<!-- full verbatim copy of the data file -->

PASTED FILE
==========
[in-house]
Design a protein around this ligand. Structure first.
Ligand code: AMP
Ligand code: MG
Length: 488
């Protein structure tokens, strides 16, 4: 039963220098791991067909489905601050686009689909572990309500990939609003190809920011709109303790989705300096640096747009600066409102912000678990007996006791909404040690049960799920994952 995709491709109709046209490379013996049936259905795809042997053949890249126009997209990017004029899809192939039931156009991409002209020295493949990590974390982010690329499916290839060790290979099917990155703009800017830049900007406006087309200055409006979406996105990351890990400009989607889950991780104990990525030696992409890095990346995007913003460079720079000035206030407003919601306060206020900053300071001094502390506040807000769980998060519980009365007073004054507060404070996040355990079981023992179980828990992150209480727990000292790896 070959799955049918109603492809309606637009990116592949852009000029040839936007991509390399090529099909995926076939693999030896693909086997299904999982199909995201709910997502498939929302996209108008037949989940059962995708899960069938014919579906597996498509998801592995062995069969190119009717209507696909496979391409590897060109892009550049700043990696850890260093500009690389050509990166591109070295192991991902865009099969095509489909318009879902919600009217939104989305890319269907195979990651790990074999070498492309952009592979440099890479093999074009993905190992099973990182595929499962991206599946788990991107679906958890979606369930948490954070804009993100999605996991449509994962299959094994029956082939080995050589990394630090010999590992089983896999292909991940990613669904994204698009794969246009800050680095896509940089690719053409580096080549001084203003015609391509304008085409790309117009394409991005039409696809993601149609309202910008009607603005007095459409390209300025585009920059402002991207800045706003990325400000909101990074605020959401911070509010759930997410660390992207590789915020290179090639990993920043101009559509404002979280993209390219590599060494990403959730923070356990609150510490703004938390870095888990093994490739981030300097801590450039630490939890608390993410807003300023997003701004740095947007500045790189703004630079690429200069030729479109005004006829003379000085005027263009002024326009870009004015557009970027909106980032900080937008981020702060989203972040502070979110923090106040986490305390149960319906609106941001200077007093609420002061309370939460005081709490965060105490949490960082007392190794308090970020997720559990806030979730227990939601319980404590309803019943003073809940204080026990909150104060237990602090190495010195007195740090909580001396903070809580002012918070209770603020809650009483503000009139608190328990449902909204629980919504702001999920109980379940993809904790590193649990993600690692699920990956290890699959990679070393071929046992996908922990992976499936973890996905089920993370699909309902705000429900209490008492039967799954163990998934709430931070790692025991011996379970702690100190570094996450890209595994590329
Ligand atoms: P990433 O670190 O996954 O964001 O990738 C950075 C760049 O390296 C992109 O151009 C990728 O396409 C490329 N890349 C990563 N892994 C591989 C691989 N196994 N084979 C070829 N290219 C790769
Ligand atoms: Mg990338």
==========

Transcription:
[in-house]
Design a protein around this ligand. Structure first.
Ligand code: AMP
Ligand code: MG
Length: 488
């Protein structure tokens, strides 16, 4: 039963220098791991067909489905601050686009689909572990309500990939609003190809920011709109303790989705300096640096747009600066409102912000678990007996006791909404040690049960799920994952 995709491709109709046209490379013996049936259905795809042997053949890249126009997209990017004029899809192939039931156009991409002209020295493949990590974390982010690329499916290839060790290979099917990155703009800017830049900007406006087309200055409006979406996105990351890990400009989607889950991780104990990525030696992409890095990346995007913003460079720079000035206030407003919601306060206020900053300071001094502390506040807000769980998060519980009365007073004054507060404070996040355990079981023992179980828990992150209480727990000292790896 070959799955049918109603492809309606637009990116592949852009000029040839936007991509390399090529099909995926076939693999030896693909086997299904999982199909995201709910997502498939929302996209108008037949989940059962995708899960069938014919579906597996498509998801592995062995069969190119009717209507696909496979391409590897060109892009550049700043990696850890260093500009690389050509990166591109070295192991991902865009099969095509489909318009879902919600009217939104989305890319269907195979990651790990074999070498492309952009592979440099890479093999074009993905190992099973990182595929499962991206599946788990991107679906958890979606369930948490954070804009993100999605996991449509994962299959094994029956082939080995050589990394630090010999590992089983896999292909991940990613669904994204698009794969246009800050680095896509940089690719053409580096080549001084203003015609391509304008085409790309117009394409991005039409696809993601149609309202910008009607603005007095459409390209300025585009920059402002991207800045706003990325400000909101990074605020959401911070509010759930997410660390992207590789915020290179090639990993920043101009559509404002979280993209390219590599060494990403959730923070356990609150510490703004938390870095888990093994490739981030300097801590450039630490939890608390993410807003300023997003701004740095947007500045790189703004630079690429200069030729479109005004006829003379000085005027263009002024326009870009004015557009970027909106980032900080937008981020702060989203972040502070979110923090106040986490305390149960319906609106941001200077007093609420002061309370939460005081709490965060105490949490960082007392190794308090970020997720559990806030979730227990939601319980404590309803019943003073809940204080026990909150104060237990602090190495010195007195740090909580001396903070809580002012918070209770603020809650009483503000009139608190328990449902909204629980919504702001999920109980379940993809904790590193649990993600690692699920990956290890699959990679070393071929046992996908922990992976499936973890996905089920993370699909309902705000429900209490008492039967799954163990998934709430931070790692025991011996379970702690100190570094996450890209595994590329
Ligand atoms: P990433 O670190 O996954 O964001 O990738 C950075 C760049 O390296 C992109 O151009 C990728 O396409 C490329 N890349 C990563 N892994 C591989 C691989 N196994 N084979 C070829 N290219 C790769
Ligand atoms: Mg990338």